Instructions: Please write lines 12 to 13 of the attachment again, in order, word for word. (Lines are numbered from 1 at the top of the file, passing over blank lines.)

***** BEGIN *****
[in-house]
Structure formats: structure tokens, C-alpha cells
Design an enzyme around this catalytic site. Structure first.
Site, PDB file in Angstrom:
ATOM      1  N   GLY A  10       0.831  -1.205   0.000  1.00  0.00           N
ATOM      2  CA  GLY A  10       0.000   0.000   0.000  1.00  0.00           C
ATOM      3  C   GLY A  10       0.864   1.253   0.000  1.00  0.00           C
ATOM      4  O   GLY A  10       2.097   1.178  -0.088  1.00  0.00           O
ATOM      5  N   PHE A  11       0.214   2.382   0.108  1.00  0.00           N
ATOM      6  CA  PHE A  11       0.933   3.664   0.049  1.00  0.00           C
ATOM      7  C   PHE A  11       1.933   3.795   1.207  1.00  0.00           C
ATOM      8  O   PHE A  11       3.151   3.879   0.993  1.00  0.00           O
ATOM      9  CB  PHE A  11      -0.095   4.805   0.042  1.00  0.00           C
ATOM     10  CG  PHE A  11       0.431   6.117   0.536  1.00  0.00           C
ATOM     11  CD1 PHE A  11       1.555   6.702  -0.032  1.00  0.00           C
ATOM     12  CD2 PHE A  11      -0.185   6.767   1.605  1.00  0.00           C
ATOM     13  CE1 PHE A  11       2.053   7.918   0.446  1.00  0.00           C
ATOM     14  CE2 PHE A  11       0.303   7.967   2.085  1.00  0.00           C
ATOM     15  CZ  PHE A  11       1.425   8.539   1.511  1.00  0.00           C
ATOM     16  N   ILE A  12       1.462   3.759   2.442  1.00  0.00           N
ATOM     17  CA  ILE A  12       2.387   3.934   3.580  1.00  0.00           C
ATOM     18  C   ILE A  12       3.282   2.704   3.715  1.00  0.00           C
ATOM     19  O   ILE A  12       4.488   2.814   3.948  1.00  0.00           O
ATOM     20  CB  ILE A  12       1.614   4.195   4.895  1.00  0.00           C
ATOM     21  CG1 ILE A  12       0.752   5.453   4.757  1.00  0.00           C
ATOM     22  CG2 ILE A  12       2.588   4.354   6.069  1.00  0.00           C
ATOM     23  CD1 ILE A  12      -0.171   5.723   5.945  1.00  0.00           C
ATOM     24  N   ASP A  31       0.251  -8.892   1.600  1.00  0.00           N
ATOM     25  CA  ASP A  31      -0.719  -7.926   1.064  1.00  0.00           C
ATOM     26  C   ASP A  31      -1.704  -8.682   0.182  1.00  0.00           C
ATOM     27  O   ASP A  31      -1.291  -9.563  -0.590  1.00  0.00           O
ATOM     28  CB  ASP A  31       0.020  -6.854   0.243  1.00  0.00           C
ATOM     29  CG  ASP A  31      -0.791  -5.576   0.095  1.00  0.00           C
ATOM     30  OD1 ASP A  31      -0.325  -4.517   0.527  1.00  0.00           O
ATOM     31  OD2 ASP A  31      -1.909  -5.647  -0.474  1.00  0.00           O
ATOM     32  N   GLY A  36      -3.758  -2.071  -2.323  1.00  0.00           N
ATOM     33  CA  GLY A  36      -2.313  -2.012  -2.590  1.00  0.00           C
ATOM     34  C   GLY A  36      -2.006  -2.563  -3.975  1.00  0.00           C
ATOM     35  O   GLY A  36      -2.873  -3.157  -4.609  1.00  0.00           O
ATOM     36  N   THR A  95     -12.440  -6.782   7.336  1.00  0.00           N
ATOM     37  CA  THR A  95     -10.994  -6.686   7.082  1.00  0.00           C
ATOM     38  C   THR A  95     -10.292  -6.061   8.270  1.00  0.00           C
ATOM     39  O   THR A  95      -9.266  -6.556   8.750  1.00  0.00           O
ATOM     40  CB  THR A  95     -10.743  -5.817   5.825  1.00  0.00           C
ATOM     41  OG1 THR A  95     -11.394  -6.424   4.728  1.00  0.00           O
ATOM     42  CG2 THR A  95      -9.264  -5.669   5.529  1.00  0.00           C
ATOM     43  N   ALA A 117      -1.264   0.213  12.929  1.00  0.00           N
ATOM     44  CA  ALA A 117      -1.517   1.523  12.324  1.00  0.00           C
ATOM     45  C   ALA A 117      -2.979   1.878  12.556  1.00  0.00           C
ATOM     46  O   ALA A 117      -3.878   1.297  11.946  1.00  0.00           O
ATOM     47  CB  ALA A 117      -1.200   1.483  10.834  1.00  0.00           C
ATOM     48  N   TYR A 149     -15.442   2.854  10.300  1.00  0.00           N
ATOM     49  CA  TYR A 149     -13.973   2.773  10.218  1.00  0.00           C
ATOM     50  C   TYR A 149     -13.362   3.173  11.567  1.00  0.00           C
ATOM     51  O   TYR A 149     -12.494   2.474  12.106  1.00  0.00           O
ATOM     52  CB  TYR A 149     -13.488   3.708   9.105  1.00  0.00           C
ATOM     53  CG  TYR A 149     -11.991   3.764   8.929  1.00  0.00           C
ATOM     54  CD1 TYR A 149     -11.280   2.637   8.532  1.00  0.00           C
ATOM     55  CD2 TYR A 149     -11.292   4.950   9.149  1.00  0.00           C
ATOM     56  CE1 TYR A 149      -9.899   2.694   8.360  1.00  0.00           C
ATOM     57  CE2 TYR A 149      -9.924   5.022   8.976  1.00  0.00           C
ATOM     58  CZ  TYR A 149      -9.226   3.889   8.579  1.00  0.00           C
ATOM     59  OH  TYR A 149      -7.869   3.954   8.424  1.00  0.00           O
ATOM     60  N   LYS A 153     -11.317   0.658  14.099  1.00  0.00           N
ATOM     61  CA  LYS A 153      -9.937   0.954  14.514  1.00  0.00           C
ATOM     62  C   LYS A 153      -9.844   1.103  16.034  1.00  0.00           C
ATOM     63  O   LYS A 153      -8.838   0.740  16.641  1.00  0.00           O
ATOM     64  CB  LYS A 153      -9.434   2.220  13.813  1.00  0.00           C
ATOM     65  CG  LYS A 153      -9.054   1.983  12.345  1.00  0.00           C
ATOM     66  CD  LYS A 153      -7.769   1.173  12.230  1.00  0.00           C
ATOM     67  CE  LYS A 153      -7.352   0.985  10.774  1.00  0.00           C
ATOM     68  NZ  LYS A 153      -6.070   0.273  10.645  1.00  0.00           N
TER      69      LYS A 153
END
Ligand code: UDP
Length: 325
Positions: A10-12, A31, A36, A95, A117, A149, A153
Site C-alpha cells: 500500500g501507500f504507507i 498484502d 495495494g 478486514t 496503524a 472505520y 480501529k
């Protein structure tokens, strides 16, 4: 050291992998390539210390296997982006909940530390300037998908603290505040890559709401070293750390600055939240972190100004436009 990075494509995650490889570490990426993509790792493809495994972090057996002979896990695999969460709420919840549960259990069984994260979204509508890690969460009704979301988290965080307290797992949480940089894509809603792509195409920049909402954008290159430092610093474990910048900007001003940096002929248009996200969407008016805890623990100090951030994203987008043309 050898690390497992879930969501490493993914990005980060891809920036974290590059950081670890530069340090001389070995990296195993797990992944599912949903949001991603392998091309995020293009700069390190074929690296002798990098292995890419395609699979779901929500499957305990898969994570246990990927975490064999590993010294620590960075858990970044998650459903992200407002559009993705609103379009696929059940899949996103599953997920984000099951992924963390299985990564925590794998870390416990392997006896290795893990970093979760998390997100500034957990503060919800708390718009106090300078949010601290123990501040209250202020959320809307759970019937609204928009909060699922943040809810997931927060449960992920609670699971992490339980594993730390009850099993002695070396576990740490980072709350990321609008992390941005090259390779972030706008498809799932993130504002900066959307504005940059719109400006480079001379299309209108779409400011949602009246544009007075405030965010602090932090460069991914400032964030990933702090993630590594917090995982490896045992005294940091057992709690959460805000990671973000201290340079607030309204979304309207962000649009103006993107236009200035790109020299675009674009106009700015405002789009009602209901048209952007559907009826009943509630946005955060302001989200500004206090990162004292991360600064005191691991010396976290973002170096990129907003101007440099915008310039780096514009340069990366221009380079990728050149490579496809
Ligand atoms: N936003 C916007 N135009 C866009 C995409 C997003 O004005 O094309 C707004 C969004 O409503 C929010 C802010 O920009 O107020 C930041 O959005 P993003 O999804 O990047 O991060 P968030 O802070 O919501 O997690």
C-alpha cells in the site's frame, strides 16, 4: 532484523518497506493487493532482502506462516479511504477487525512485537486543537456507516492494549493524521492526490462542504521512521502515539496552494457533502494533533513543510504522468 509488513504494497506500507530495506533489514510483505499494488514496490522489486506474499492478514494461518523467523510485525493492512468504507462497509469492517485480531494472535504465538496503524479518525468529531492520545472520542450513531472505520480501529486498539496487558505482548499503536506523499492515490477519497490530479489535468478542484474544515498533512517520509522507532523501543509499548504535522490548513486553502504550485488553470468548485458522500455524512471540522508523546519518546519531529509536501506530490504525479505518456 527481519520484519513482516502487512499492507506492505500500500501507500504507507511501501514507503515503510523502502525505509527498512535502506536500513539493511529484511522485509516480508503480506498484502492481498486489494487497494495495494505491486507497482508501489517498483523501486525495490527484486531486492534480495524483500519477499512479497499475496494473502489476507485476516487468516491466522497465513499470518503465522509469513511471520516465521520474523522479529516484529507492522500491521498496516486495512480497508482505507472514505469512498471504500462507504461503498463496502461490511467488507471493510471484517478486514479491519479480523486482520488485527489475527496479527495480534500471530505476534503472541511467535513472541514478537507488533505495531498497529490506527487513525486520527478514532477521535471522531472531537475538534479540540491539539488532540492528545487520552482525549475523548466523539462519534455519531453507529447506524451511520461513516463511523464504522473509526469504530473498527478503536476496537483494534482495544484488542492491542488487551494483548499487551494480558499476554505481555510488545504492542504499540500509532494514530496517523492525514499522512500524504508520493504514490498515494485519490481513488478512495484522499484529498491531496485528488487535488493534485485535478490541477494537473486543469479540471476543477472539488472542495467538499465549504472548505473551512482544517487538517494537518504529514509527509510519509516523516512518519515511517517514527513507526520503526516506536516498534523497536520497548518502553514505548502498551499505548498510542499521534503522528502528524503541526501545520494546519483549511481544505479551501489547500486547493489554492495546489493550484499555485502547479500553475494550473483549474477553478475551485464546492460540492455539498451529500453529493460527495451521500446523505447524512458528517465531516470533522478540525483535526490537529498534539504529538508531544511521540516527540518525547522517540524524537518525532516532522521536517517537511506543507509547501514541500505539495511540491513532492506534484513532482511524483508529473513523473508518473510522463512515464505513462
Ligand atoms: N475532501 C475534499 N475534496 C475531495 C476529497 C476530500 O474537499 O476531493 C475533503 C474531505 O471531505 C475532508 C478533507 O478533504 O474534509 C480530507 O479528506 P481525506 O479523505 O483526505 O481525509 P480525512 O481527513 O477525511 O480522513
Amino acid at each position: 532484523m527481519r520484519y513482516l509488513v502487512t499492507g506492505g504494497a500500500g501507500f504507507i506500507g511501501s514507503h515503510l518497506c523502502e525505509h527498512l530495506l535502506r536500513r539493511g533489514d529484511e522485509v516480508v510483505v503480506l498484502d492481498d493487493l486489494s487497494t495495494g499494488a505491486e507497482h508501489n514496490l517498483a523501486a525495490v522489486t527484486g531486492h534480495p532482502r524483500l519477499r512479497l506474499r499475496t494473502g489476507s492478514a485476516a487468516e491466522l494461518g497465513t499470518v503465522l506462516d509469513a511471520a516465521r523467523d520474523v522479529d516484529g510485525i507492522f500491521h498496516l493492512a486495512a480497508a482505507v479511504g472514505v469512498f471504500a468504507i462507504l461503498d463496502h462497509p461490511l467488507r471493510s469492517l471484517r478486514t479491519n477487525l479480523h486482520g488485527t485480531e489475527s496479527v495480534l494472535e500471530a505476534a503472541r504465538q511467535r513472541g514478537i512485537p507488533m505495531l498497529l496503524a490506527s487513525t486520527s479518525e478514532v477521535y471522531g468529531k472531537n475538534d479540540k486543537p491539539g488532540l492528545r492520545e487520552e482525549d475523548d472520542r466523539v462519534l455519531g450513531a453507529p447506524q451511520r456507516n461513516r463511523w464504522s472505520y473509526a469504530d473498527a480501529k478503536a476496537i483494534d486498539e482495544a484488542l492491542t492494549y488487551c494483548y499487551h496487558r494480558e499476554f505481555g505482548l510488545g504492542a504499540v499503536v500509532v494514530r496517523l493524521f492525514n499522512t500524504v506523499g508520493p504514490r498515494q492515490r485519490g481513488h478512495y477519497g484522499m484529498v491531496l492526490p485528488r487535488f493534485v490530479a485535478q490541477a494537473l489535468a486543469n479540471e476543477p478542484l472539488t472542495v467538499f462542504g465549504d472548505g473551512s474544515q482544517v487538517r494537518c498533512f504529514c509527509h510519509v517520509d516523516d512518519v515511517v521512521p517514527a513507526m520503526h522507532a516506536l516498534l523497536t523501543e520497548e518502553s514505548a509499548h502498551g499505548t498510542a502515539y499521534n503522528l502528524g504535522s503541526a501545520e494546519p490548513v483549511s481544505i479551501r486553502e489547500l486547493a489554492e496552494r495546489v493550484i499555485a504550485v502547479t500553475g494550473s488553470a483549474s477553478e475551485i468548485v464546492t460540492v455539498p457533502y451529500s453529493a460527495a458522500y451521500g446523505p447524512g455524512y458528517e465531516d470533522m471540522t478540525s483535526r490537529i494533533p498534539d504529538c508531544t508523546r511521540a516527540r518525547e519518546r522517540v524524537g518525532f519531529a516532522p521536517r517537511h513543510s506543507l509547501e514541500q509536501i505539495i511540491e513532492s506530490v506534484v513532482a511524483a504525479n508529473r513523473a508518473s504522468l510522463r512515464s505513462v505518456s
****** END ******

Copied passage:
ATOM      8  O   PHE A  11       3.151   3.879   0.993  1.00  0.00           O
ATOM      9  CB  PHE A  11      -0.095   4.805   0.042  1.00  0.00           C